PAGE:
Thought Courier and Condescend
Again, this pick should be based more on what other cards you’ve already drafted and how your deck is likely to curve out. If you are going to have open mana for Condescend early then it becomes a better pick, whereas the Courier can help if you have a higher manacurve by digging for lands or spells if you happen to stall. One interesting thing I’ve discovered about the Courier is that it’s nowhere near as good as Merfolk Looter or Cephalid Looter were in their respective formats.
What a powerful package for just one Blue mana. Multiples of these allow you to go down to fifteen land if you have some other fixers like Bauble and Myr, as casting this on turn 1 will put you in a very good position to get maximum effectiveness out of your early turns. The great thing about the card is that it’s good no matter when you draw it, and it does much more than the one mana cantrips of the past like Obsessive Search or Opt.
Again, I’m going to make the list a bit brief and just comment on some of the other things going on in the last set of the block. Sometimes I end up splashing a Leonin Squire or two if I end up with enough Baubles/Spellbombs that I can abuse the Squires with. I rarely have enough Red in my deck to support something like Vulshok Sorcerer, but it’s not totally out of the question. Pentad Prism is excellent if you get multiple Skyreach Mantas or a Bringer. However, if you have other fixers it’s generally not that powerful unless you have a lot of heavy casting cost creatures that you can also accelerate to.
As I said earlier with Journey of Discovery, both Sylvok Explorer and Dawn’s Reflection are great if you end up taking a more U/G based approach instead of just base Blue. Don’t just splash the Explorer if you can help it, because splashing for a manafixer never did anybody any good. Suntouched Myr and Sawtooth Thresher are both also fine additions if you need more guys. Oh and before I forget, Clearwater Goblet is probably the best rare in the set for this type of deck and there’s absolutely nothing I would take over it. A Goblet with four or five counters on it is almost impossible to race if they can’t remove it, and your deck will be capable of powering it out early and at full strength quite easily.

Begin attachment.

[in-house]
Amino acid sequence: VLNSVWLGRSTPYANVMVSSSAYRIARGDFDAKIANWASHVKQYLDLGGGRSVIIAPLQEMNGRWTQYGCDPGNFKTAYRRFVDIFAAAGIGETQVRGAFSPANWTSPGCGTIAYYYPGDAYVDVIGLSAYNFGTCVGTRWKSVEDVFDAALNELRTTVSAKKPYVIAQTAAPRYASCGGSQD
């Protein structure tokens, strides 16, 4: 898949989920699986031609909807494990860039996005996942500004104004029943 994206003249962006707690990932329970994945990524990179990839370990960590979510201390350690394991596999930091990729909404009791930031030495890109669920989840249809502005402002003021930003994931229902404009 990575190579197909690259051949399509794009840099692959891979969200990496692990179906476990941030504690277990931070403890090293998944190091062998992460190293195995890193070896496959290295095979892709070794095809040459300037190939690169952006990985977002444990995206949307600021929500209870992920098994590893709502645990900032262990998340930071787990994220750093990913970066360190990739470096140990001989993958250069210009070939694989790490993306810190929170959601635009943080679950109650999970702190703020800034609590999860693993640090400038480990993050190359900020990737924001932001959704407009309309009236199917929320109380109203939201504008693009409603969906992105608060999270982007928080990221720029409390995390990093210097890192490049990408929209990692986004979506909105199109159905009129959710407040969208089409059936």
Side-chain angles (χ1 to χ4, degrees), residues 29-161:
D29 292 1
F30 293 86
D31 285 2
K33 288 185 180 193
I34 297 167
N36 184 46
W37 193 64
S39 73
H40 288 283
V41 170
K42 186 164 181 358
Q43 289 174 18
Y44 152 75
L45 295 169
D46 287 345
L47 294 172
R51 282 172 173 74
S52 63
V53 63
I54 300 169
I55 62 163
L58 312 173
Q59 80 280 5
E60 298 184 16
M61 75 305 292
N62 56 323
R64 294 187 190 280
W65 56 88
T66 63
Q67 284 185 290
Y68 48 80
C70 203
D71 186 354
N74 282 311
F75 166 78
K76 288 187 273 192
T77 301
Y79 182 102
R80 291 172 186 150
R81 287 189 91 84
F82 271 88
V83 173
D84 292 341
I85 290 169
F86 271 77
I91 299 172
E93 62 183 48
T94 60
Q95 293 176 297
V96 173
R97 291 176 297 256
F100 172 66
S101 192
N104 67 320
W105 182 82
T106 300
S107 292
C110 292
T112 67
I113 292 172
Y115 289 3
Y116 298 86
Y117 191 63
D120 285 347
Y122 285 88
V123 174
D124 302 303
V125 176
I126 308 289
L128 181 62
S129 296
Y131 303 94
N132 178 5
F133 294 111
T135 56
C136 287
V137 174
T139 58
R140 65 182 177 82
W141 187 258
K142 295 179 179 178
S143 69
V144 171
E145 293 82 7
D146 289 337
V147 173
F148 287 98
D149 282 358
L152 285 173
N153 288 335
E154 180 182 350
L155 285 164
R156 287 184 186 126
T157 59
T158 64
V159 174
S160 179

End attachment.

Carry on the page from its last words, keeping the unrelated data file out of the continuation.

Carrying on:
Hopefully this will serve as a good base of information regarding the archetype so that you can try drafting it yourself. I honestly can’t imagine drafting a solid two-color deck again after playing this deck draft after draft with constant success. One thing to remember is that the core color of the deck doesn’t always have to be Blue. I’ve tried all of the colors and they all work fine, I’ve just found Blue to be the most successful.
Next week I plan on doing coverage of a draft where I’ll show you firsthand how to put together the archetype.
Until then have fun trying out it out for yourself.
ThatsGameBoys and Soooooo on MODO
“A man raised in the small blind and I was in the big blind with AK. He made a decent raise, but I moved in on him anyway. He did not hesitate to call me. He went into the pot with a 6-3 offsuit and won with a pair of sixes. When the hand was over, he said,”I knew you didn’t have anything.” That was probably the most ridiculous statement I have ever heard in my life – he knew that I didn’t have anything, but he had a six-high! I didn’t mind losing the pot as much as I did hearing that statement.”